The ice of Pluto is a two-lobed formation on its surface which has sparked the interest of researchers ever since NASA's New Horizons discovered it back in 2015. One of the two lobes, the western one, has been subjected to more scientific attention due to its mysterious formation and the types of ice it hosts.
The lobe was named Sputnik Planitia informally, and it is a deep basin containing carbon monoxide, methane and frozen nitrogen. The lobe appears to be opposite to the dwarf planet's tidally locked moon and various scenarios have been formulated in regard to its formation.
Pluto's Ice Formation
What all of the theories have in common is the idea that the formation is an impact basin, which was created while a smaller body stroke Pluto with extraordinarily high speed. A new research conducted at the University of Maryland, however, suggests that the ice was formed early in Pluto's history, which would place its attributes as evolutionary consequences.
The research was published, Dec. 1, in the journal Nature, suggesting that the ice cap formed early, and not due to an impact.
The researcher used a model that he developed himself and explained that the original location of Sputnik Planitia may have been due to the dwarf planet's bizarre climate. Another contributing factor could be the spin axis tilted by 120 degrees, which is rather unusual, especially when compared to Earth's axis, whose inclination only reaches 23.5 degrees.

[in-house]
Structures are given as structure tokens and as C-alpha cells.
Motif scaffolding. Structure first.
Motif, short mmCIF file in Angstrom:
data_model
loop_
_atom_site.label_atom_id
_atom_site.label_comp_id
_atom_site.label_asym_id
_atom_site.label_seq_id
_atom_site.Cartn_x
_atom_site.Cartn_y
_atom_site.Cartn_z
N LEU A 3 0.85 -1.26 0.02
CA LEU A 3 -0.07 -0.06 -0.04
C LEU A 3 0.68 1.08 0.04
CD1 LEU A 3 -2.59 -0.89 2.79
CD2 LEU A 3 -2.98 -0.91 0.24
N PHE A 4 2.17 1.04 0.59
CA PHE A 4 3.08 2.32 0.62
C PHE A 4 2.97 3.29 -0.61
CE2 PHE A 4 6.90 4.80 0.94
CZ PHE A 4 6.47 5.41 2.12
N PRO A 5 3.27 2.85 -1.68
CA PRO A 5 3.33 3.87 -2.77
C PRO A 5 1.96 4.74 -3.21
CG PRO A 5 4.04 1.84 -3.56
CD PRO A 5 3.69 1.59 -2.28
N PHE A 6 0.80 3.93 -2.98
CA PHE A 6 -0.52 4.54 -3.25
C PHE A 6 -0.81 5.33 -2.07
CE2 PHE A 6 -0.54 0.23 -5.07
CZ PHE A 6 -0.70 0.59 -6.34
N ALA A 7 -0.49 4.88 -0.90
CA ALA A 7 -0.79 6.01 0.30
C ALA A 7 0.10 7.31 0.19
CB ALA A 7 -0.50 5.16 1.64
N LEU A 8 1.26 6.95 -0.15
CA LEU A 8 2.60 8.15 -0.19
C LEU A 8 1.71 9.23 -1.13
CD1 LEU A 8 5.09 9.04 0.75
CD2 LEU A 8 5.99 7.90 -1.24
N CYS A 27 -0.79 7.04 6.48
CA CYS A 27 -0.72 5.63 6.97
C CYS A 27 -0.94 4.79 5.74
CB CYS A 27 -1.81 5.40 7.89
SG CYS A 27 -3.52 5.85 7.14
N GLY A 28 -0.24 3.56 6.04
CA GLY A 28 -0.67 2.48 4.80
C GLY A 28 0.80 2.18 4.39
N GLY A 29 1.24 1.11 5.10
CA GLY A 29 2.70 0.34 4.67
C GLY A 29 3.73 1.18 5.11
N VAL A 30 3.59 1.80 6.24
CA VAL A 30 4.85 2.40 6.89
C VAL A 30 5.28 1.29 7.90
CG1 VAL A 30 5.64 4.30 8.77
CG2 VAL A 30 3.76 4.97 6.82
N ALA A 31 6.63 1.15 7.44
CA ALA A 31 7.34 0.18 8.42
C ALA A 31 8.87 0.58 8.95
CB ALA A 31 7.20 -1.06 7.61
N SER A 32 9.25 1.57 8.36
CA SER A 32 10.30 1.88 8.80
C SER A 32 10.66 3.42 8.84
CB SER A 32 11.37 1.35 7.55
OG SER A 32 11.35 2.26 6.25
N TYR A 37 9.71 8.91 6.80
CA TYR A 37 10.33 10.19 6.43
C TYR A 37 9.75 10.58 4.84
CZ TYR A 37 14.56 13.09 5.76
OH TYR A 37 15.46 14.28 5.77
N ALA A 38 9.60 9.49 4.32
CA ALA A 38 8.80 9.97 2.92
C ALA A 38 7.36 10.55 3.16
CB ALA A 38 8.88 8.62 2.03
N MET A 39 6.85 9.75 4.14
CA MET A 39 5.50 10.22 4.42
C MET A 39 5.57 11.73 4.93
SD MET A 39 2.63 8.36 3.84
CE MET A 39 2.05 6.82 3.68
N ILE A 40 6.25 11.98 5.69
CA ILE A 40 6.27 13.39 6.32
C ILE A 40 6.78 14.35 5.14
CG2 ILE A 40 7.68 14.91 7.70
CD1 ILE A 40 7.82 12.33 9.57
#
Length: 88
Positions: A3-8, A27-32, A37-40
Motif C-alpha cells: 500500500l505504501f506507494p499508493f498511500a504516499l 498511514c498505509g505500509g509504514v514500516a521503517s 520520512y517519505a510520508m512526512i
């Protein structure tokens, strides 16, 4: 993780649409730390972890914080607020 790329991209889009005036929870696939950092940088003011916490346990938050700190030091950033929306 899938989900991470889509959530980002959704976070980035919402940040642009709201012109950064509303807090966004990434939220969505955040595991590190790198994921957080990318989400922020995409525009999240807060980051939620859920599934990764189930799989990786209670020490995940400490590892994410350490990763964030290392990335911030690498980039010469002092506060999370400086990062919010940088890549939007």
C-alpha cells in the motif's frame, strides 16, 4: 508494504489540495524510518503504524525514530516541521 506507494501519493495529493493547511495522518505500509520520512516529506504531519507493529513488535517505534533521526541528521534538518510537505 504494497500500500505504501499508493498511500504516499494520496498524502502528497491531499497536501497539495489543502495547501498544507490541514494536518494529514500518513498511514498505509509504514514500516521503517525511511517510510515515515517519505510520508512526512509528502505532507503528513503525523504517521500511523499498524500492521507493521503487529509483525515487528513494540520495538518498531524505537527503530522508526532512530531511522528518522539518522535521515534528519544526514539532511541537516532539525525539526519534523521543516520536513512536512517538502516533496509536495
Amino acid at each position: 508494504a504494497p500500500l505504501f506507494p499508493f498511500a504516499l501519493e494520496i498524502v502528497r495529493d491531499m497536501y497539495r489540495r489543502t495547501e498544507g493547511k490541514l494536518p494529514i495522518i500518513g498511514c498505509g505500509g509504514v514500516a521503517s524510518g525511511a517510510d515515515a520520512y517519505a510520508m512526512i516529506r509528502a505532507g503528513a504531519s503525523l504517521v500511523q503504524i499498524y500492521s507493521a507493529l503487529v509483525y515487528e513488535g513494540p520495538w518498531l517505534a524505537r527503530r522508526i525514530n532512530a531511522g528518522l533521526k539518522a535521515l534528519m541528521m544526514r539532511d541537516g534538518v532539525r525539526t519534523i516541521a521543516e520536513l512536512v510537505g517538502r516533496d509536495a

Pluto's Early Formation And Charon
The researcher analyzed the temperatures, discovering that the 30 degrees north and south latitudes were the coldest places on Pluto, when averaged over its 248-year orbit. According to this study, these spots were way colder than the poles, which could mean that ice formed as part of a natural process around these latitudes.
This discovery places the icy center of Sputnik Planitia, located at 25 degree north altitude, as a natural formation instead of a occurrence due to an impact with an external object.
This new theory proposing weather instead of impact as a cause of lobe formation places the shift of Pluto's center of mass at around the same time that Charon's gravitational force slowed the dwarf planet's rotation. When this happened, Pluto had equal chances of facing Charon or as far away from it as possible, as a result of several million years of progressively becoming tidally locked.
The new paper does not require the existence of an ocean on Pluto, but it never argued against such a possibility, either.
"There is an ocean-free path to explaining the key features of Sputnik Planitia. But while Pluto need not have an interior ocean, conversely, nothing in my study argues against such an ocean," noted Douglas Hamilton, professor of astronomy and lead author of the paper, in an email to Seeker.